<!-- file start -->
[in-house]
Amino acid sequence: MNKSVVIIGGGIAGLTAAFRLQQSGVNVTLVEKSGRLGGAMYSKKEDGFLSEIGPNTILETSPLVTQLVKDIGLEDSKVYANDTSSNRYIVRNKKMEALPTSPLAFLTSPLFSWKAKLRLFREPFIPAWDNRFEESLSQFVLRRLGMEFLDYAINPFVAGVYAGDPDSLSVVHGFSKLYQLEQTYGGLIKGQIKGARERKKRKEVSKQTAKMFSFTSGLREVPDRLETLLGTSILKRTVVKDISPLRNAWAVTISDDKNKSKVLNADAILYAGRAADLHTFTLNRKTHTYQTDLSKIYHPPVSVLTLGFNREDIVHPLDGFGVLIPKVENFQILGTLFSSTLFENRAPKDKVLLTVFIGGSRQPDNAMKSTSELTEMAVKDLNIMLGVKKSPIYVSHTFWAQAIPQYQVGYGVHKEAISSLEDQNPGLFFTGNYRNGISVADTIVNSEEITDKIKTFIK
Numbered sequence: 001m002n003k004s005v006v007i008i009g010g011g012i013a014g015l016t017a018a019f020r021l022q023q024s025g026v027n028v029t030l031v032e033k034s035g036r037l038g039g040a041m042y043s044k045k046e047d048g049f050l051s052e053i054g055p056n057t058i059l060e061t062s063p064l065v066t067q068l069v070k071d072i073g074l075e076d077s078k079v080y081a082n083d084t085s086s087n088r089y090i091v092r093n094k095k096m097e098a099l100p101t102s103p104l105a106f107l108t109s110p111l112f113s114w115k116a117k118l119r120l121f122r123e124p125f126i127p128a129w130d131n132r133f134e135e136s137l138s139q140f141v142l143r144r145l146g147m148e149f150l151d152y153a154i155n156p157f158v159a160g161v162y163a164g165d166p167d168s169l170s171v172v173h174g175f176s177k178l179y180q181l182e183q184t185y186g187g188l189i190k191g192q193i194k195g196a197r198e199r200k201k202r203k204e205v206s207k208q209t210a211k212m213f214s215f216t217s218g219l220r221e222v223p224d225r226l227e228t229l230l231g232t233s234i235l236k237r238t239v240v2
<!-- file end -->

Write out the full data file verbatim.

[in-house]
Amino acid sequence: MNKSVVIIGGGIAGLTAAFRLQQSGVNVTLVEKSGRLGGAMYSKKEDGFLSEIGPNTILETSPLVTQLVKDIGLEDSKVYANDTSSNRYIVRNKKMEALPTSPLAFLTSPLFSWKAKLRLFREPFIPAWDNRFEESLSQFVLRRLGMEFLDYAINPFVAGVYAGDPDSLSVVHGFSKLYQLEQTYGGLIKGQIKGARERKKRKEVSKQTAKMFSFTSGLREVPDRLETLLGTSILKRTVVKDISPLRNAWAVTISDDKNKSKVLNADAILYAGRAADLHTFTLNRKTHTYQTDLSKIYHPPVSVLTLGFNREDIVHPLDGFGVLIPKVENFQILGTLFSSTLFENRAPKDKVLLTVFIGGSRQPDNAMKSTSELTEMAVKDLNIMLGVKKSPIYVSHTFWAQAIPQYQVGYGVHKEAISSLEDQNPGLFFTGNYRNGISVADTIVNSEEITDKIKTFIK
Numbered sequence: 001m002n003k004s005v006v007i008i009g010g011g012i013a014g015l016t017a018a019f020r021l022q023q024s025g026v027n028v029t030l031v032e033k034s035g036r037l038g039g040a041m042y043s044k045k046e047d048g049f050l051s052e053i054g055p056n057t058i059l060e061t062s063p064l065v066t067q068l069v070k071d072i073g074l075e076d077s078k079v080y081a082n083d084t085s086s087n088r089y090i091v092r093n094k095k096m097e098a099l100p101t102s103p104l105a106f107l108t109s110p111l112f113s114w115k116a117k118l119r120l121f122r123e124p125f126i127p128a129w130d131n132r133f134e135e136s137l138s139q140f141v142l143r144r145l146g147m148e149f150l151d152y153a154i155n156p157f158v159a160g161v162y163a164g165d166p167d168s169l170s171v172v173h174g175f176s177k178l179y180q181l182e183q184t185y186g187g188l189i190k191g192q193i194k195g196a197r198e199r200k201k202r203k204e205v206s207k208q209t210a211k212m213f214s215f216t217s218g219l220r221e222v223p224d225r226l227e228t229l230l231g232t233s234i235l236k237r238t239v240v2